This is rather appalling. Given the outcome of these elections, one is inclined to ask whether it is not high time to reconsider such knee-jerk reactions and whether the prejudice does not actually lie in the minds of these commentators rather than the voters. Breaking away from an over 40-year tradition, voters from Constituencies numbers 1, 19 and 20 have all voted in favour of candidates of the Alliance Lepep and thus against Paul Berenger’s purported prime ministership. Why is it then being assumed that these voters have been somehow more “eclairés” in their choice while those mentioned earlier have all been “racially” motivated?

In truth it can be reasonably argued that the fault regarding the inability for Paul Berenger to get himself elected as Prime Minister of Mauritius in a general election does not lie with the electorate but with the candidate himself. As suggested rather tongue in cheek by some commentators in the past, after similar repeated failure of a candidate to get elected, may be it was high time to envisage changing the people themselves!

The electorate, whether from the “Hindi belt” or not have simply not been convinced that the project of a Second Republic and the proposed changes to our electoral system, including abolition of the Best Loser System is in the best interest of the country.

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Abiding by the rules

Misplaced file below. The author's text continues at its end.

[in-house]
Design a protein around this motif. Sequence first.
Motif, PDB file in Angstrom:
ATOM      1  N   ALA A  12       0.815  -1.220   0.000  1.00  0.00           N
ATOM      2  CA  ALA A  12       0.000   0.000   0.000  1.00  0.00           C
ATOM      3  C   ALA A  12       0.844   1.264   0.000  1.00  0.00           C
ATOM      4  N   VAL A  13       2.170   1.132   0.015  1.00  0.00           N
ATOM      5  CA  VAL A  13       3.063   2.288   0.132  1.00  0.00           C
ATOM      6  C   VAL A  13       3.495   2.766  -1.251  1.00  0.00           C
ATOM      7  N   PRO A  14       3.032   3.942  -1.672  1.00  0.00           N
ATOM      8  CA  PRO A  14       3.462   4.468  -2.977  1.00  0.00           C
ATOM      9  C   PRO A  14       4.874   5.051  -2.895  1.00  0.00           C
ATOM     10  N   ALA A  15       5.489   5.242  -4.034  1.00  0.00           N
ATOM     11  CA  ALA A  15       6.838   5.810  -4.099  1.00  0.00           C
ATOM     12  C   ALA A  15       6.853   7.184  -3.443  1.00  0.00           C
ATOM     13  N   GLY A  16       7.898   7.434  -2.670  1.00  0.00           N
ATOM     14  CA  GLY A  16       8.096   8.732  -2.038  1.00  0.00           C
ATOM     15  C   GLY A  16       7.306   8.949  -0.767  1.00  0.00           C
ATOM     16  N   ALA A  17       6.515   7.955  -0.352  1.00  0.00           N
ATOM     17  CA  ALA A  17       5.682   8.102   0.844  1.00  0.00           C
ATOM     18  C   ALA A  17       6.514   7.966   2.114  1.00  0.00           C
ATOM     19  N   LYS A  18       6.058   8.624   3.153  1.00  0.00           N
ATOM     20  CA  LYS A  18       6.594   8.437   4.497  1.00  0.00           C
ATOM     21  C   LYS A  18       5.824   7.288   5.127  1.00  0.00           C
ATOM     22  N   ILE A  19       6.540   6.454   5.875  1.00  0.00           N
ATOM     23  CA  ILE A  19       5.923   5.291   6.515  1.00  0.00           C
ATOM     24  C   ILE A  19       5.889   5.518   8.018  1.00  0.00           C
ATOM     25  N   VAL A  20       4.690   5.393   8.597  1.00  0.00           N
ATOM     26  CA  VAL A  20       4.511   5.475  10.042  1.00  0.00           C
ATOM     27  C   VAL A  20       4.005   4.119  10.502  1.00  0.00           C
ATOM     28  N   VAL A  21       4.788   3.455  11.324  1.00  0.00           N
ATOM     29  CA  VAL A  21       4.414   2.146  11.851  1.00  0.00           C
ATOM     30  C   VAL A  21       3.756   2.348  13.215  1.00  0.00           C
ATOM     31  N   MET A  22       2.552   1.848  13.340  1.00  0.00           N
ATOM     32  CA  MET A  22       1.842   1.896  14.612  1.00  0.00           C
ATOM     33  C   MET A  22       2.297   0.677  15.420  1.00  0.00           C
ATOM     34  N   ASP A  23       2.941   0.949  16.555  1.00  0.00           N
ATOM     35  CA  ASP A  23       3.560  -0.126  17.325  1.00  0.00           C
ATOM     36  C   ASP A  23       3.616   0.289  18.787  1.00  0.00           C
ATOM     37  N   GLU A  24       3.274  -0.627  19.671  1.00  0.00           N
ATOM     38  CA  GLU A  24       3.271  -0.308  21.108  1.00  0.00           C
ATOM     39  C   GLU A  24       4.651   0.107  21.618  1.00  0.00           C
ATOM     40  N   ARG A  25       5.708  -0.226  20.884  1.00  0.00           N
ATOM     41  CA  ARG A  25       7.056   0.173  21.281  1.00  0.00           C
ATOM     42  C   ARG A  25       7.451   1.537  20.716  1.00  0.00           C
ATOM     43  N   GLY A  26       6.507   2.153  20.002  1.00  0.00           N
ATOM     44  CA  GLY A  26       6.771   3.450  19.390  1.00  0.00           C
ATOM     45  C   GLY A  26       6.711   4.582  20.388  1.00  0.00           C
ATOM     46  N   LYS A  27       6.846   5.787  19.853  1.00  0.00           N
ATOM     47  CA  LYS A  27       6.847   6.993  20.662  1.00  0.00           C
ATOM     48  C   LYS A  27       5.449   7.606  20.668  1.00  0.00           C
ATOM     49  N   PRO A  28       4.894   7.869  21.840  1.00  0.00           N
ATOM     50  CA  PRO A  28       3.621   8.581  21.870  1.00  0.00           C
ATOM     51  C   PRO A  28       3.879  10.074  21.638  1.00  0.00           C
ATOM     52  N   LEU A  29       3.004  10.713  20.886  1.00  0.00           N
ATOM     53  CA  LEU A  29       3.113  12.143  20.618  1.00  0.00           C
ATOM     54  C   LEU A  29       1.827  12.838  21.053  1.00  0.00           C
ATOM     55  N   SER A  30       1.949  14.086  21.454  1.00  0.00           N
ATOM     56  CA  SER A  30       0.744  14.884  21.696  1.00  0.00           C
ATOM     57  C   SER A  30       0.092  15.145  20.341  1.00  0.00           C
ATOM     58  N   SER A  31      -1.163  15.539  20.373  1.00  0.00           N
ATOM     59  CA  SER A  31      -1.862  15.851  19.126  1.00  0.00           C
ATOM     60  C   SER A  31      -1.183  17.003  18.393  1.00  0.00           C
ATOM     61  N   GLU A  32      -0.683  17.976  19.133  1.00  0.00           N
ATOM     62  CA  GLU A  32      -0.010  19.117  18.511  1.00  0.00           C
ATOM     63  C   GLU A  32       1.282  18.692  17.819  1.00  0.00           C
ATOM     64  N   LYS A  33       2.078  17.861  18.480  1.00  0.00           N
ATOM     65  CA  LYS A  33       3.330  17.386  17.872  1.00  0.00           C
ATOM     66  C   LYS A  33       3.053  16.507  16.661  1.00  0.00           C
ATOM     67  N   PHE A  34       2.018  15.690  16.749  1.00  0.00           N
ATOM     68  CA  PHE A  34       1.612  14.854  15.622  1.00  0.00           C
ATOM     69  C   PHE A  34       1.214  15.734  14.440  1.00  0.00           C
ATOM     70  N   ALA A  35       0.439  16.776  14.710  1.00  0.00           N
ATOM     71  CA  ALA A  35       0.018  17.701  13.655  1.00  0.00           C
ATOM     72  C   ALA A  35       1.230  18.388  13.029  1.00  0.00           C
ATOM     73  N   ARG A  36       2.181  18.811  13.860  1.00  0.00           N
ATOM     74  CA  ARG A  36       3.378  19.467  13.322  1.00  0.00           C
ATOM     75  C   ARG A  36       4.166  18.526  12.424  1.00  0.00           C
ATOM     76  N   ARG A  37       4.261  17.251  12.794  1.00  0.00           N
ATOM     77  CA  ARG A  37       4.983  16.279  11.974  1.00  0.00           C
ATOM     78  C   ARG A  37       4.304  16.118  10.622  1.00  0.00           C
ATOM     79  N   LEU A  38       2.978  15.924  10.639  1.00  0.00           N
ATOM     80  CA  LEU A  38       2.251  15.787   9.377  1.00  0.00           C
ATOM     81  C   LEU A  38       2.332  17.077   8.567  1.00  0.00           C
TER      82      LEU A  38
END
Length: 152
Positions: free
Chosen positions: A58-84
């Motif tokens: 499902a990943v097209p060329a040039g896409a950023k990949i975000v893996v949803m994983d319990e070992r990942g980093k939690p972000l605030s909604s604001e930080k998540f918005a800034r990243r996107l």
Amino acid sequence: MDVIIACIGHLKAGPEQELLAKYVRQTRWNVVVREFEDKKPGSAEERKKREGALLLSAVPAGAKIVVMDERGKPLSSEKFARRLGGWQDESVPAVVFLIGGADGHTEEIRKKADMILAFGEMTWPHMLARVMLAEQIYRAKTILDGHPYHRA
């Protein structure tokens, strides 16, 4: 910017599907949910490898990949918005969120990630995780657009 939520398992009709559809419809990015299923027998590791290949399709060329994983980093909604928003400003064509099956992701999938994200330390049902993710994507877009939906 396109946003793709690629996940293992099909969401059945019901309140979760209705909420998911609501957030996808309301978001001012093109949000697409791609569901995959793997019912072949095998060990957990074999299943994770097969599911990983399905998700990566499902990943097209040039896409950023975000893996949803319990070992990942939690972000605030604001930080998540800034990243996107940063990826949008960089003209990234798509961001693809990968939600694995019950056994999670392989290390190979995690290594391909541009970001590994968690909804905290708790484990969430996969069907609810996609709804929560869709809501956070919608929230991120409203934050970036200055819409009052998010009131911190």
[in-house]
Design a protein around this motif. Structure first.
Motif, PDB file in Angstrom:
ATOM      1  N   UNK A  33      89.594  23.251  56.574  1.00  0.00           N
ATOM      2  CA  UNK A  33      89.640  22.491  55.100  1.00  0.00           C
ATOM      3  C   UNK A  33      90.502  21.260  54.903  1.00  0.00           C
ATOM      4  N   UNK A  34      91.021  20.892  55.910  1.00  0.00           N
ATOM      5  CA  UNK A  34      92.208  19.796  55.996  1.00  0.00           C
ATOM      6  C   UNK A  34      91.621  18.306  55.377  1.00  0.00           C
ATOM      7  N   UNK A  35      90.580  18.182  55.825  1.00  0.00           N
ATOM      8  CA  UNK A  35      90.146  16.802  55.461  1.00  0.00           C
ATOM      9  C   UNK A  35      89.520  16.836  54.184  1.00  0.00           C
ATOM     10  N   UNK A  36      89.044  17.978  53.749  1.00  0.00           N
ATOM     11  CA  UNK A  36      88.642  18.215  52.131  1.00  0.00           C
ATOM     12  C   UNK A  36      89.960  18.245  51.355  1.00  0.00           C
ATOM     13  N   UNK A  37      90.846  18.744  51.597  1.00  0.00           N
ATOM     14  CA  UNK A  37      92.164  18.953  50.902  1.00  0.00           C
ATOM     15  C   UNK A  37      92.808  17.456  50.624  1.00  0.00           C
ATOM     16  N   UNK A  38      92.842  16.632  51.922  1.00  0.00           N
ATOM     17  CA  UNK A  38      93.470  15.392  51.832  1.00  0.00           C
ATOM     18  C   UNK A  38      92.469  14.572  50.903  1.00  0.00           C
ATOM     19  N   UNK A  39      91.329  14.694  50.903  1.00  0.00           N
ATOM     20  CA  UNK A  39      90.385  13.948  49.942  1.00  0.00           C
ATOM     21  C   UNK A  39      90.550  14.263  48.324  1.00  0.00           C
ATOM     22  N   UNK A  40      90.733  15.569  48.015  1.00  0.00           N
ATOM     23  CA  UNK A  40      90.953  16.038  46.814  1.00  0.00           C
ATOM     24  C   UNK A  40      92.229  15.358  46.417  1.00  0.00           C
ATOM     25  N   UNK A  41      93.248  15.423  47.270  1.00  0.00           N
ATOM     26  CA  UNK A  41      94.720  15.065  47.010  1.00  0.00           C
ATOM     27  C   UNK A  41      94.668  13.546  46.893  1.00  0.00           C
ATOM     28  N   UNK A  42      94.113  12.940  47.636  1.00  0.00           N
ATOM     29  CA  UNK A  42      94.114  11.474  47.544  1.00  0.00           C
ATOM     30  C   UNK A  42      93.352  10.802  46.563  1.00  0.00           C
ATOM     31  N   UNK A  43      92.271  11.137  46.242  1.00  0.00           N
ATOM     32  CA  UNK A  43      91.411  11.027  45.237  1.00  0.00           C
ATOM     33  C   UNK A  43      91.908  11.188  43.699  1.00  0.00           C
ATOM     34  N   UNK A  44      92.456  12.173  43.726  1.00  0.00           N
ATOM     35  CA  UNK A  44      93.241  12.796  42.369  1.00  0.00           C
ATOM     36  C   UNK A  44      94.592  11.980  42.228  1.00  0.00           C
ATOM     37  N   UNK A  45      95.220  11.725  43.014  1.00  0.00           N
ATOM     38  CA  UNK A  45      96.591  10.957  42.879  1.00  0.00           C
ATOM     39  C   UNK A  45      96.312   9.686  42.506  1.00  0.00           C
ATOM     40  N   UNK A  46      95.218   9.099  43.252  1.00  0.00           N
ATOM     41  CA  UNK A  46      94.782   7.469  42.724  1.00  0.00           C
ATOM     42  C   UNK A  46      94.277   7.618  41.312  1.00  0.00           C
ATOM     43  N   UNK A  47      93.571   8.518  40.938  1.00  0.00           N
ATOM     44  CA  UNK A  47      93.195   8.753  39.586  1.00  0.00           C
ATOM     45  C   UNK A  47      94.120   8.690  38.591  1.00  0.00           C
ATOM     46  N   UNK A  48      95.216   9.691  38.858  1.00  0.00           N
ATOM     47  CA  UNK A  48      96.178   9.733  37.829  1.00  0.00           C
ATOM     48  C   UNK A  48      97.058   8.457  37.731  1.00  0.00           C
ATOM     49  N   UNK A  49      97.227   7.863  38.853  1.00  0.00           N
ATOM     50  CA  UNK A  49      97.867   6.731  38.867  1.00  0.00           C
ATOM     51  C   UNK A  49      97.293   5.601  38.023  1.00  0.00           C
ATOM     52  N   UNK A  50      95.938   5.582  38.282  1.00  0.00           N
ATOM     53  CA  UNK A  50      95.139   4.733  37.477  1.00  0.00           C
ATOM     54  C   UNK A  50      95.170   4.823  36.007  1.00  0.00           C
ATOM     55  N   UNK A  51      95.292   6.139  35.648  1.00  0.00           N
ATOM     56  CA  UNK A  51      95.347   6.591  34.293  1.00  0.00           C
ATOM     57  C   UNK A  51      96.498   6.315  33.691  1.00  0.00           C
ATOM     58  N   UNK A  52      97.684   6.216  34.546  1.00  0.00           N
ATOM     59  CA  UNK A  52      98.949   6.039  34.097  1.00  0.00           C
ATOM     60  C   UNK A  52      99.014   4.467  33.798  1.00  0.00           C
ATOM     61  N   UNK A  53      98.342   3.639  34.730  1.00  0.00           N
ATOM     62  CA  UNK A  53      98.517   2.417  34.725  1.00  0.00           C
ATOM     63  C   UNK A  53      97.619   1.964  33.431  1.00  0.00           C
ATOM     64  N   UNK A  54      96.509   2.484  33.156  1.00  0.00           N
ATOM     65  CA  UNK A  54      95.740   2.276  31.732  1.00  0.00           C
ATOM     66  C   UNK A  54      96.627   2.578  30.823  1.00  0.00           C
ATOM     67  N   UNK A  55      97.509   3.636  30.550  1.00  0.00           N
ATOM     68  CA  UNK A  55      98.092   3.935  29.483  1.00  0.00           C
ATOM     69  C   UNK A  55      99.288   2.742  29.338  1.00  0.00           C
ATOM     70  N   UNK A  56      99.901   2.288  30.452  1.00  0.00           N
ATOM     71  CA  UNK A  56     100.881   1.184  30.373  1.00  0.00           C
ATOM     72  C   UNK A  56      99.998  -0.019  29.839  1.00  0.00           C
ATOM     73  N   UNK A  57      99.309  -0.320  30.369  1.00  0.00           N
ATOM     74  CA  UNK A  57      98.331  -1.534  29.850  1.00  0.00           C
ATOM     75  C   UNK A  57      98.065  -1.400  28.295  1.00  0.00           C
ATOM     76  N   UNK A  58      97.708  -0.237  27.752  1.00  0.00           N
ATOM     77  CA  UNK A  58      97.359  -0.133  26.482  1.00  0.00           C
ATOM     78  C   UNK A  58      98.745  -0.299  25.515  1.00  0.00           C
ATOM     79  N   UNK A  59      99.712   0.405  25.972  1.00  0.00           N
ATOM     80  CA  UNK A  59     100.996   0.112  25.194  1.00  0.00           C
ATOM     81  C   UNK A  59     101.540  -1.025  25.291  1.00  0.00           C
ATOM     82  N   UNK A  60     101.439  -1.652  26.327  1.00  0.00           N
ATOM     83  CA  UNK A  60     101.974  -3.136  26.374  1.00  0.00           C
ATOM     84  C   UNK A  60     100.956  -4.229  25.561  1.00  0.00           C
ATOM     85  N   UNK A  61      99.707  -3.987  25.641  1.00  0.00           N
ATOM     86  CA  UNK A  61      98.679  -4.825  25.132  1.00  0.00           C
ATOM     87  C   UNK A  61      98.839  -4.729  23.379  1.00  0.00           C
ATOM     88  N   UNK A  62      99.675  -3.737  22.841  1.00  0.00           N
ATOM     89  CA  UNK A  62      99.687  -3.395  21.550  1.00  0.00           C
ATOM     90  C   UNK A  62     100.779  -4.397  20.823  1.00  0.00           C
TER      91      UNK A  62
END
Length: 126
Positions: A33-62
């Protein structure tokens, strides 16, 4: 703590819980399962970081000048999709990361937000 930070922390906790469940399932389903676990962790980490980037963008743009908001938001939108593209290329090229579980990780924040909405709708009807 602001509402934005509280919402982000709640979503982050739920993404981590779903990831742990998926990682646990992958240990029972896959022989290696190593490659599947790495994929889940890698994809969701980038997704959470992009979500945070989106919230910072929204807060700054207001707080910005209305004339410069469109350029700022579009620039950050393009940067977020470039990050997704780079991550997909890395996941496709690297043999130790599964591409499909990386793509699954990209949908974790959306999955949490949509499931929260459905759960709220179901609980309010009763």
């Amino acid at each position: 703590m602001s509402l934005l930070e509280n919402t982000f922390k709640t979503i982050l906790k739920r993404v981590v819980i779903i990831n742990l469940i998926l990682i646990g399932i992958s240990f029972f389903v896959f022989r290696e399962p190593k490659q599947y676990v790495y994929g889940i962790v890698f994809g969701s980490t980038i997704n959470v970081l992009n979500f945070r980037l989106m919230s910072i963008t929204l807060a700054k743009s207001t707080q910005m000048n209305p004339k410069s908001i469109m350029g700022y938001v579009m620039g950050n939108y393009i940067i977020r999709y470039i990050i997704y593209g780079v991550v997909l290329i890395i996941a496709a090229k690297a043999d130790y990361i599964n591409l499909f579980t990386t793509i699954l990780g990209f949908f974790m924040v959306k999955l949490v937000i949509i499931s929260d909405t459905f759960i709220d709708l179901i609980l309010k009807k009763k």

Protest vote or not, these elections have now given the country a new government. In line with the fundamental practices of parliamentary democracy, every right thinking citizen and political parties of the new opposition should allow this new government the space and opportunity to perform and implement its manifesto and meet its commitments to the electorate.

The government on its part would be expected to observe the same respect for principles by keeping in mind that in a parliamentary democracy there is no place for a “winner takes all” attitude and that process and rule of law remain essential components of governance. As time goes by, however the Opposition would become less complacent and start taking the government to task over how efficiently it runs its day to day operations as well as its policy orientations. Parliamentary and extra parliamentary opposition will certainly grow in line with the increasing load of decisions which will be taken.

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Conclusion

At the start of this electoral campaign one could really count on the fingers of one hand the number of people who thought that the Alliance Lepep was going to win the elections, let alone win by such an extraordinary margin. The heavy argument against such odds was the kind of swing which would be needed in the electoral behaviour of the voters as compared to the past general elections — the now infamous electoral maths. The progress of popular support for the Alliance Lepep, although palpable throughout the campaign, was not enough to get the incumbents to take the threat seriously at any point in time.

The vicious circle of overconfidence and its accompanying arrogance finally took the toll of the purportedly “unbeatable electoral maths.” Let all future electoral contestants beware!

 

* Published in print edition on 19 December 2014